Establishes a policy that state facilities and state uses of space in urban areas shall serve to strengthen the state's cities; establishes criteria and procedures to carry out such policy.
BILL NUMBER: S5683
TITLE OF BILL :
An act to amend the public lands law, in relation to site selection for state use
PURPOSE OR GENERAL IDEA OF BILL :
The purpose of this legislation is to reduce the prevalence of urban and suburban sprawl and to help improve the social, economic, environmental, and cultural conditions of communities in urban areas by requiring that site selection for new state government buildings consider a variety of factors relating to best possible use of existing facilities and infrastructure.
SUMMARY OF SPECIFIC PROVISIONS :
A new section 2-c is added to the public lands law that:
* Declares it to be the intention of the State of New York to make its facilities and use of space serve to strengthen the State's cities and make them more attractive places to live and work, .
* Requires that consideration of space and facility needs of the State shall first focus on urban centralized community business areas,
* Establishes criteria and alternatives upon which the siting of State facilities shall be based, including availability of existing state controlled facilities, acquisition or utilization of existing privately owned facilities, opportunities for locating cultural, education, recreational, or commercial activities within the proposed facility, and analysis of compatibility of the site with state, regional, or local development and conservation objectives, and,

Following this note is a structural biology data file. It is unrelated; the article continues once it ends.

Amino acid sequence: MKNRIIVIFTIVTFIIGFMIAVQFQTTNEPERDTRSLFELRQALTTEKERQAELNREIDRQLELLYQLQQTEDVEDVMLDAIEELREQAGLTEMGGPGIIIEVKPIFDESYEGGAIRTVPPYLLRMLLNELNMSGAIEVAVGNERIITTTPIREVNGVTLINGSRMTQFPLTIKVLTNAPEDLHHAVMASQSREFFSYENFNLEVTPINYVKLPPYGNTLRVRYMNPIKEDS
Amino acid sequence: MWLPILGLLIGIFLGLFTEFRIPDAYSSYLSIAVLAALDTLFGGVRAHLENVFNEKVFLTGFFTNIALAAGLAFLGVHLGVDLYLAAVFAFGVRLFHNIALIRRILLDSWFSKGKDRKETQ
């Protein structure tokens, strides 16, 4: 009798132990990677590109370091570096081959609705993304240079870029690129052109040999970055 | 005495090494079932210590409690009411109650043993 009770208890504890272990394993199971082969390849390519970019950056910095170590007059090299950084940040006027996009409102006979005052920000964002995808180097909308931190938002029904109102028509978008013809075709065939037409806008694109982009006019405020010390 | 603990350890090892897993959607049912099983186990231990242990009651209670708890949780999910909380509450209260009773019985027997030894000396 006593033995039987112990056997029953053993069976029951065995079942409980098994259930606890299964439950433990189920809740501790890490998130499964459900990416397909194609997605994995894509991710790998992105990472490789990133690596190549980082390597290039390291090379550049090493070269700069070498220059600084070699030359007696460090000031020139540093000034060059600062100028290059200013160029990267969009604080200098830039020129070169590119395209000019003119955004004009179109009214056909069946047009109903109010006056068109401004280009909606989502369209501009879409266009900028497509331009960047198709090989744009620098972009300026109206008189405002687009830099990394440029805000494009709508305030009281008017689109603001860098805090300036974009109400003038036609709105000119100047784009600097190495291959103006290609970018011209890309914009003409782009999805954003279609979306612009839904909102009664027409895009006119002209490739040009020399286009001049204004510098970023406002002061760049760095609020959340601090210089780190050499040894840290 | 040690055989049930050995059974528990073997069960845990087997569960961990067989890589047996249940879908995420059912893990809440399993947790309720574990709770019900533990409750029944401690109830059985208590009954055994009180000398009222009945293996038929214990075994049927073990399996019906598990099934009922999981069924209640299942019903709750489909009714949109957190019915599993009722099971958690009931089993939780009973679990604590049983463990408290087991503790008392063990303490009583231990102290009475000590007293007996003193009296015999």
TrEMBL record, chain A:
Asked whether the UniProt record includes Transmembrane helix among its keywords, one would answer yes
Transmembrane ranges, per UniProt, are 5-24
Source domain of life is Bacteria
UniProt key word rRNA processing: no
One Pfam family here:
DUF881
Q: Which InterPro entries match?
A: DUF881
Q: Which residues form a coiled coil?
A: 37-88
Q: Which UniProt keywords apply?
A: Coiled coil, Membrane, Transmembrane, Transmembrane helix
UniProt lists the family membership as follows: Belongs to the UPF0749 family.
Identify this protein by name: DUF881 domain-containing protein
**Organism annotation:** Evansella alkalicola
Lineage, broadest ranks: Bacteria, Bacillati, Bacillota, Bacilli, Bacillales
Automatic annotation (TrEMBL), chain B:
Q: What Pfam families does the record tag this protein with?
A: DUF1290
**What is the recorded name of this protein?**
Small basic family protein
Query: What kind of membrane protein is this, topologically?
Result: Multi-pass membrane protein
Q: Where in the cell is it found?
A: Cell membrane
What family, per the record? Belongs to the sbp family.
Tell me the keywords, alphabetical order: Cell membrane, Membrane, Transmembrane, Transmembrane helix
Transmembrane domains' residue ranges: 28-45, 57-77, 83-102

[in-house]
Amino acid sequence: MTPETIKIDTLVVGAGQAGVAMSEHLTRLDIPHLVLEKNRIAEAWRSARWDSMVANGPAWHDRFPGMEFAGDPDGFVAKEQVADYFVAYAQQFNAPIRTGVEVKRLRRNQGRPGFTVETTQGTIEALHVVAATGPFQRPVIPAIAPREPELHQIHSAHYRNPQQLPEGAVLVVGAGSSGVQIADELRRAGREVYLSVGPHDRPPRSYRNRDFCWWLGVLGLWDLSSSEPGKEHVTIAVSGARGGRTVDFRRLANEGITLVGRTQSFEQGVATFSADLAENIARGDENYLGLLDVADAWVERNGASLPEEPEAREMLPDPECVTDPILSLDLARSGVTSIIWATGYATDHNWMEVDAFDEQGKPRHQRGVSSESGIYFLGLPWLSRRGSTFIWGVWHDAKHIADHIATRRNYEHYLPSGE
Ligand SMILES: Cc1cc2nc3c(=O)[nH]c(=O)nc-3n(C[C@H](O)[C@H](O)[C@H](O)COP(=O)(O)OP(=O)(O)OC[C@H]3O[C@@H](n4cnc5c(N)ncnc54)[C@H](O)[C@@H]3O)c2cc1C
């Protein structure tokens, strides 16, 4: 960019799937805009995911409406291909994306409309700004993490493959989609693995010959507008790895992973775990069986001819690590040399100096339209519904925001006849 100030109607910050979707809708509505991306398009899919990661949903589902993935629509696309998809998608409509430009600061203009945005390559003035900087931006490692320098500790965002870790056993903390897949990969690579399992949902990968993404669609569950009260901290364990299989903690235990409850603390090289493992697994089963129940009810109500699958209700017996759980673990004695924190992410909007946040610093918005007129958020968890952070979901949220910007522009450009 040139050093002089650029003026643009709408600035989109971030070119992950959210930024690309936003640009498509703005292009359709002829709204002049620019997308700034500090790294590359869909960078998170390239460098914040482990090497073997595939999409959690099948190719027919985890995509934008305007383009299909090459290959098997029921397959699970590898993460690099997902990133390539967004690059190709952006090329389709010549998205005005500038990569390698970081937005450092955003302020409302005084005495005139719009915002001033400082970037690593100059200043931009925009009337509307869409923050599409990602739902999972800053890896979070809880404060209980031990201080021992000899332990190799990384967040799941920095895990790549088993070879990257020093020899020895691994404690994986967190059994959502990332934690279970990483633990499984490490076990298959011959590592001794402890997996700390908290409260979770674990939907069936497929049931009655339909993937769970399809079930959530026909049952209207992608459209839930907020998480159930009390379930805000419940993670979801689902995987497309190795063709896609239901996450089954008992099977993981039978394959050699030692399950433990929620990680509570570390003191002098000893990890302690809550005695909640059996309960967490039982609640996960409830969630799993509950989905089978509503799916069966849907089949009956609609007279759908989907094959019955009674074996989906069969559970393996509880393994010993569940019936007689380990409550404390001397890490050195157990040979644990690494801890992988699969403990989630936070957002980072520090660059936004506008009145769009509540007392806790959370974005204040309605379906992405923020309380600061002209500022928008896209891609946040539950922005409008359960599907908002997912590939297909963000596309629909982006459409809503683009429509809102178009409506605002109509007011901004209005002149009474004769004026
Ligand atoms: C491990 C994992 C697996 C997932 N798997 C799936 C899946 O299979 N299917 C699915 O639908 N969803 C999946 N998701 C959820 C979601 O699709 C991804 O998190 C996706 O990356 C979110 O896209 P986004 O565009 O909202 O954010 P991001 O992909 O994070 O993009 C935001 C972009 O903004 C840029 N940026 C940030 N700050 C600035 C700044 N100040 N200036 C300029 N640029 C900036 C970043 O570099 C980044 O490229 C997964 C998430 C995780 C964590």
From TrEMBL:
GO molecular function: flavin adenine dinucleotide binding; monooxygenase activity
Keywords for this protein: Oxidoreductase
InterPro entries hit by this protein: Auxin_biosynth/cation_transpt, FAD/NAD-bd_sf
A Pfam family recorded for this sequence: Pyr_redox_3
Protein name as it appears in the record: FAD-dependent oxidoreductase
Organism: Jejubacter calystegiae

* Requires the Commissioner of the Office of General Services to develop programs helping to promote the efficient acquisition and utilization of state-owned space.
It is generally acknowledged that urban and suburban sprawl, or the inefficient, unplanned development of resources away from existing urban centers is a serious problem in the State of New York. One factor that heavily contributes to sprawl is the relocation of government office buildings and facilities away from urban centers while existing infrastructure and resources within these centers go under utilized.
This legislation attempts to address this problem by requiring that the State work with local governments to consider acquiring or utilizing facilities and infrastructure that already exists within cities in New York. By considering the recreational, cultural, environmental, economic, and commercial needs of urban areas when choosing new sites for state facilities, the livability of our cities will increase and the precious open space resources outside of them will be better conserved.
LEGISLATIVE HISTORY :
New Bill - 2009
FISCAL IMPLICATIONS :
Significant cost savings could be realized by both the State and local governments due to the maximization of the use of existing resources in our urban areas and the conservation of undeveloped areas on their outskirts.
EFFECTIVE DATE : This act shall take effect immediately.